The Principles are adopted by civil society and government 100 representatives in Yerevan during the Freedom of Information in Armenia Workshop organized by Freedom of Information Center of Armenia with support of British Embassy in Armenia and US Agency for International Development on December 9, 2005 – International Anti-Corruption Day.
These principles were developed by the Freedom of Information Center based on Recommendation N° Rec (2002)2 of the Committee of Ministers to Member States on Access to Official Documents adopted in 2002 and Freedom of Information Principles adopted by the Open Society Justice Initiatives on September 28, 2005 – International Freedom of Information Day.
Freedom of Information Principles are based on international FOI standards and basic regulations of the RA Law on Freedom of Information and include FOI national and international practice.
Being sure that the freedom of information has vital importance for development of democratic society in Armenia, as well as for protection of basic human rights and freedoms,
Taking into account that the freedom of information:
- makes real and effective the struggle against corruption,
- promotes the realization and protection of human rights,
- encourages the efficiency and effectiveness of public administration and helps it to avoid the risk of corruption,
- contributes to strengthening of the public’s confidence in state authorities,
- helps to reduce the poverty,
- contributes to environment protection,
- promotes the efficiency of decision making,
Bearing in mind the basic principles of the Article 19 of the Universal Declaration of Human Rights, Article 10 of the European Convention on Human Rights and Fundamental Freedoms, Article 19 of the European Convention on Civil and Political rights, Recommendation N° Rec (2002)2 of the Committee of Ministers to Member States on Access to Official Documents, UN’s Access to Information, Aarhus Convention on Public Participation in Decision-Making and Access to Justice in Environmental Matters, and Open Society Justice Initiative’s Freedom of Information Principles,
We are announcing our readiness to adopt and realize the following principles of the freedom of information:
1. Access to information is a right of everyone.
Anyone, regardless of his/her profession, sex, position, and other conditions, has the right to get acquainted with the information sought by him and/or address an inquiry to information holder to get that information as defined by the law. This right belongs to everyone without any discrimination.
2. Access is the rule – secrecy is the exception.
All information held by government bodies is public in principle. The official information is open until the opposite is proved. The information holder should justify his case.
3. The public has a right to receive information in the possession of all state bodies, local self-government bodies, state offices, state and local government budget funded organizations as well as organizations of public importance and their officials.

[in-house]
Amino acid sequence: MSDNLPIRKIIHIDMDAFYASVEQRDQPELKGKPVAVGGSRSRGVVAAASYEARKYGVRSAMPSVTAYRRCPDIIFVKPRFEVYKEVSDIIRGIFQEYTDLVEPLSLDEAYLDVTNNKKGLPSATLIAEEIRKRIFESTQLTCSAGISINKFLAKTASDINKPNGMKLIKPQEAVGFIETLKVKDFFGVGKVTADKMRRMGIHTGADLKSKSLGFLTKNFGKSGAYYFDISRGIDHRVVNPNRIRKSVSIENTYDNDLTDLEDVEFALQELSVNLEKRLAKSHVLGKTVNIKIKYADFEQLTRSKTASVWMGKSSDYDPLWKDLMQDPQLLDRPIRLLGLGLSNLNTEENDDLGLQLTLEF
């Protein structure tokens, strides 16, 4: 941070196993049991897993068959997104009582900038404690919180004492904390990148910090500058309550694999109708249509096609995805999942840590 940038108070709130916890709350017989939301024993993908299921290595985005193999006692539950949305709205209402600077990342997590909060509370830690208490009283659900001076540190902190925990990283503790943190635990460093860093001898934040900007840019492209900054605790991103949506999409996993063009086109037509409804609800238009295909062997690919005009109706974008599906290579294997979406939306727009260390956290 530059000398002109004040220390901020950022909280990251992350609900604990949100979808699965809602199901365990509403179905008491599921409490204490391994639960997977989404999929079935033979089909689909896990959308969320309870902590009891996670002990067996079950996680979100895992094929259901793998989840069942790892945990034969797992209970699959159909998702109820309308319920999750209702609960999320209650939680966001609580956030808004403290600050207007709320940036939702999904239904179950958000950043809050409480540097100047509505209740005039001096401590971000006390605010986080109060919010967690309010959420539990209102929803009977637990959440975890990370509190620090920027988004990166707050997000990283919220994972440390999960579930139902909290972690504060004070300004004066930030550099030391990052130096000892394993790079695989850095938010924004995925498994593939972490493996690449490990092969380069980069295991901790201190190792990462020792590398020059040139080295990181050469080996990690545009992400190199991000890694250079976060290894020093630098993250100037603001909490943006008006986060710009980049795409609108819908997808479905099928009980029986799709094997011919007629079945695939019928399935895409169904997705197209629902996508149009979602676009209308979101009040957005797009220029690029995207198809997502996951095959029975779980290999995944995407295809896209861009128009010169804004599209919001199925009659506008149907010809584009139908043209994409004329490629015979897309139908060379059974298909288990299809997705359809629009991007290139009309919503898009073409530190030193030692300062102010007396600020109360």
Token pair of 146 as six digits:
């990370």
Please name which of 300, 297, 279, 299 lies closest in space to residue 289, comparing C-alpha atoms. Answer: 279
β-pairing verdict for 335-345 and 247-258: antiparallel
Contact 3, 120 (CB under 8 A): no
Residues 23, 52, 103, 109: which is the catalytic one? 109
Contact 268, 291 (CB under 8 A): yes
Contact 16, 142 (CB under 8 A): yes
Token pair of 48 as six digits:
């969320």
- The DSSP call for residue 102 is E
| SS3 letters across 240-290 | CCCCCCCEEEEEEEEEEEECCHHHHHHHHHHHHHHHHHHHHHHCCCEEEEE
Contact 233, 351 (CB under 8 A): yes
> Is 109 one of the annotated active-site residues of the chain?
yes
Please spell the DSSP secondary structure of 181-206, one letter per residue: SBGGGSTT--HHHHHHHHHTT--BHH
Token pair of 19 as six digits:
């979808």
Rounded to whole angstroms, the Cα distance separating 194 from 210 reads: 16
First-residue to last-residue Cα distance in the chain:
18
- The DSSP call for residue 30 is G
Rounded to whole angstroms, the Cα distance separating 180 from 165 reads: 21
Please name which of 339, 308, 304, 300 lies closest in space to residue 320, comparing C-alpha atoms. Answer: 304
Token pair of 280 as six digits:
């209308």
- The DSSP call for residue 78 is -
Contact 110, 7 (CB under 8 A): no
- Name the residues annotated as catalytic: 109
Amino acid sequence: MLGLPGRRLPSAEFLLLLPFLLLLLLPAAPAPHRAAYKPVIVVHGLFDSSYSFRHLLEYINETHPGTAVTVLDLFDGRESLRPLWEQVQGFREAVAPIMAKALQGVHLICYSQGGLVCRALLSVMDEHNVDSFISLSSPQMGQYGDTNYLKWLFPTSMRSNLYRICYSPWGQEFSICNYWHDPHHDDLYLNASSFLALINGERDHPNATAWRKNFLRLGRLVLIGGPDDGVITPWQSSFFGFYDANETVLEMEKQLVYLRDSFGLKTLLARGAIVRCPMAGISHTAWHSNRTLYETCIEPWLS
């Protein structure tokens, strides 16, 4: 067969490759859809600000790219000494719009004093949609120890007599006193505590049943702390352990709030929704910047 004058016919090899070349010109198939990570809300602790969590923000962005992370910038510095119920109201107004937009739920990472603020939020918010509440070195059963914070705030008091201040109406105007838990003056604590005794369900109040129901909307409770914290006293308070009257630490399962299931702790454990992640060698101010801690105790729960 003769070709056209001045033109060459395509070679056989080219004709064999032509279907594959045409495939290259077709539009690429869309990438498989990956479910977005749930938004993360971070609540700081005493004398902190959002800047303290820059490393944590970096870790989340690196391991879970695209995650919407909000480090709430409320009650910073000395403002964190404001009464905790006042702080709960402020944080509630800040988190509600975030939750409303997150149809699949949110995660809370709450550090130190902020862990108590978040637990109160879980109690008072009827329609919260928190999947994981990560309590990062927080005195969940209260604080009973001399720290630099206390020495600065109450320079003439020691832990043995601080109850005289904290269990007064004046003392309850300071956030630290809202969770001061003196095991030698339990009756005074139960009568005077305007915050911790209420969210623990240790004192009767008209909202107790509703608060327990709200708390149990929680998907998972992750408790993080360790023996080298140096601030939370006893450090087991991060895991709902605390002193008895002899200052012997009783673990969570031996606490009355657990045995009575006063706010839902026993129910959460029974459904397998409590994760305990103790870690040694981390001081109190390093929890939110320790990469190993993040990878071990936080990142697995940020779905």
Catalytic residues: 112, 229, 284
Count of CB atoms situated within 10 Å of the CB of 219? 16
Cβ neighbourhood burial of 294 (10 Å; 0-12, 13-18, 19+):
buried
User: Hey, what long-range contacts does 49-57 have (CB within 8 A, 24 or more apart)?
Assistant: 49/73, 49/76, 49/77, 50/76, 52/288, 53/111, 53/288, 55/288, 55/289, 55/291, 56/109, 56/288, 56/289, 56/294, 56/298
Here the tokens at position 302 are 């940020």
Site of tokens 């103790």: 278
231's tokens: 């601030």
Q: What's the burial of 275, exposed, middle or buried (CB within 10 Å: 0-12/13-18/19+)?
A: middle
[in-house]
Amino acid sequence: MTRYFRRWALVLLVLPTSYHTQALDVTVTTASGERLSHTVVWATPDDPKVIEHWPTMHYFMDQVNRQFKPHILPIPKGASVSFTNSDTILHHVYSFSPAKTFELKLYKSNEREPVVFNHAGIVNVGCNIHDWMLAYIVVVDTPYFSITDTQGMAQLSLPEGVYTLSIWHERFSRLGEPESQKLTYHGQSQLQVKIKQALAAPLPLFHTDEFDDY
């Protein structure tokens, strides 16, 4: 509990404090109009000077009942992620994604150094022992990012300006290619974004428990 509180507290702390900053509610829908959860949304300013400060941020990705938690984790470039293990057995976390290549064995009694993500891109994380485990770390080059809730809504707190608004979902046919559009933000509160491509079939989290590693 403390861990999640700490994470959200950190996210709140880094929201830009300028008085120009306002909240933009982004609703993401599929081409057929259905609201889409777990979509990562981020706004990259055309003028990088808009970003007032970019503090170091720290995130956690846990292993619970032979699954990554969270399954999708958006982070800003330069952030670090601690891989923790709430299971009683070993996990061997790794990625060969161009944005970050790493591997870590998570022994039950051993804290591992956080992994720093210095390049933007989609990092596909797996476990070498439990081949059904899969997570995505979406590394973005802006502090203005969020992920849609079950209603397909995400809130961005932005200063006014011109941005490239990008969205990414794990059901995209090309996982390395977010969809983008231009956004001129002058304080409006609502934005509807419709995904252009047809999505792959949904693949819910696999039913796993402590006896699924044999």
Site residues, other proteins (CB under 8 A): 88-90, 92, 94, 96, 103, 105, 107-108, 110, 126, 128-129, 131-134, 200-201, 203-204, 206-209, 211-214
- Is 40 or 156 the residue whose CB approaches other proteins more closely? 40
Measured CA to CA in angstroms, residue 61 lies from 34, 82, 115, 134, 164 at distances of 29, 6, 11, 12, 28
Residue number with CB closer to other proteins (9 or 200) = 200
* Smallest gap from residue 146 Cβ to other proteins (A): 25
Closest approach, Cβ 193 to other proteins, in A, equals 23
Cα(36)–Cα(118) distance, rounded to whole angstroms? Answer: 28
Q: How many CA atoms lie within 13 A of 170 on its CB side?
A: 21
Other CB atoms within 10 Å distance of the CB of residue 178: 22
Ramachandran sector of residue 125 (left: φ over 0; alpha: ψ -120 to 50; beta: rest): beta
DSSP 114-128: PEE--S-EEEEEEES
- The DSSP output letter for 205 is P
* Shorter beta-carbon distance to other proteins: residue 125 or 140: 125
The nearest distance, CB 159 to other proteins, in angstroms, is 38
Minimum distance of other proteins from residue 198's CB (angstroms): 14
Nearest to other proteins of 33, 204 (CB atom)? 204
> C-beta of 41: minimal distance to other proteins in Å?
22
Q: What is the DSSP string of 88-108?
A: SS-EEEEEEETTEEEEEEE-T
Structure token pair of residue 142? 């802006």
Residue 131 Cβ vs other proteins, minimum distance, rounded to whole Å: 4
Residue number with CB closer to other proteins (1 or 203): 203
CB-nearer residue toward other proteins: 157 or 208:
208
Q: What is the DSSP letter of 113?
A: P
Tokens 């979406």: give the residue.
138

4. There is no need to justify the information request.
The requestor is not obliged to justify the information request and mention the purpose of applying for the information or how he is going to use it.
5. Making requests should be simple, speedy, and free.
Requestors should be able to file requests in written or oral form. The only requirements should be ones defined by the Law. Information should be provided at the earliest possible date or within the timeframe defined by the Law. The provided information should be complete, accurate and essential.
6. Refusals must be justified.
6.1. The information holder is obliged to justify the refusal. The information provision may be confined only on the grounds defined by the Law. If a part of the information required contains data, the disclosure of which is subject to denial, than information is provided concerning the other part.
The denial to provide the information cannot be justified on the grounds of causing trouble to an official or a body, or limited time.
6.2. The limitation of the right of access to information must be clearly and specifically defined by law, be essential for a democratic society and directed to protection of legal rights.
7. The public interest takes precedence over secrecy.
Information request can not be declined, if:
a) it concerns urgent cases threatening public security and health, as well as natural disasters (including officially forecasted ones) and their aftermaths;
b) it presents the overall economic situation of the Republic of Armenia, as well as the real situation in the spheres of nature and environment protection, health, education, agriculture, trade and culture;
c) if the decline of the information request will have a negative influence on the implementation of state programs of the Republic of Armenia directed d to socioeconomic, scientific, spiritual and cultural development.
8. Everyone has the right to appeal an adverse decision.
Such decisions should be subject to prompt and effective review. For illegal refusal to provide information, or for the incomplete information disposal, as well as for other infringements of the information freedom defined by the Law, the official persons responsible for information freedom are held responsible.
9. Every public body should take necessary steps to publish the information it holds, as well as make available information about its functions and responsibilities, without need for an information request.
The information is publicized via means accessible for public, and in cases when the information holder has an internet page, also via that page.
10. The right of access to information should be guaranteed by the Human Rights Defender, as well as by the RA Courts.